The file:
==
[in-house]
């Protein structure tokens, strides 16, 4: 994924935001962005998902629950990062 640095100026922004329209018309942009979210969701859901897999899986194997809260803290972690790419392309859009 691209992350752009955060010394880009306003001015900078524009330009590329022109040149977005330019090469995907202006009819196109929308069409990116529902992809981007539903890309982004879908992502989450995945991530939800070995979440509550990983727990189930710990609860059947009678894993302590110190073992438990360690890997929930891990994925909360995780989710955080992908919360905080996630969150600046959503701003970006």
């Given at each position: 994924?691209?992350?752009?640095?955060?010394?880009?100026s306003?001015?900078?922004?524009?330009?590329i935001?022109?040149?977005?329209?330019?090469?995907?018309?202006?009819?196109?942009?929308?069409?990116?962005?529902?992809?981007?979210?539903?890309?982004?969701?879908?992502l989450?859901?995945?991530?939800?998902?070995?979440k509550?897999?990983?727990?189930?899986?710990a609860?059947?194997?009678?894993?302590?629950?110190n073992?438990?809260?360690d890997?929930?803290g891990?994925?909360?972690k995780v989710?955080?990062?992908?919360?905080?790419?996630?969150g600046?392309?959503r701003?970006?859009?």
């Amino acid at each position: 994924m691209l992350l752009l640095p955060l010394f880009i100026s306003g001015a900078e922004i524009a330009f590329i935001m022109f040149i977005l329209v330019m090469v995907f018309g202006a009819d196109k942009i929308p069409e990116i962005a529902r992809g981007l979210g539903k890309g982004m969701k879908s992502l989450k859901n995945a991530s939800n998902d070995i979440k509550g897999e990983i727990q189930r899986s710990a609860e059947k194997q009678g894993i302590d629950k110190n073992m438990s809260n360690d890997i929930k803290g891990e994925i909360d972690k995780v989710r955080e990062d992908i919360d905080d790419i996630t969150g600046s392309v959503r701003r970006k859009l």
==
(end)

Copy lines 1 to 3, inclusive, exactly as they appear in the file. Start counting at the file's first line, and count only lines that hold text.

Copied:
[in-house]
């Protein structure tokens, strides 16, 4: 994924935001962005998902629950990062 640095100026922004329209018309942009979210969701859901897999899986194997809260803290972690790419392309859009 691209992350752009955060010394880009306003001015900078524009330009590329022109040149977005330019090469995907202006009819196109929308069409990116529902992809981007539903890309982004879908992502989450995945991530939800070995979440509550990983727990189930710990609860059947009678894993302590110190073992438990360690890997929930891990994925909360995780989710955080992908919360905080996630969150600046959503701003970006």
């Given at each position: 994924?691209?992350?752009?640095?955060?010394?880009?100026s306003?001015?900078?922004?524009?330009?590329i935001?022109?040149?977005?329209?330019?090469?995907?018309?202006?009819?196109?942009?929308?069409?990116?962005?529902?992809?981007?979210?539903?890309?982004?969701?879908?992502l989450?859901?995945?991530?939800?998902?070995?979440k509550?897999?990983?727990?189930?899986?710990a609860?059947?194997?009678?894993?302590?629950?110190n073992?438990?809260?360690d890997?929930?803290g891990?994925?909360?972690k995780v989710?955080?990062?992908?919360?905080?790419?996630?969150g600046?392309?959503r701003?970006?859009?």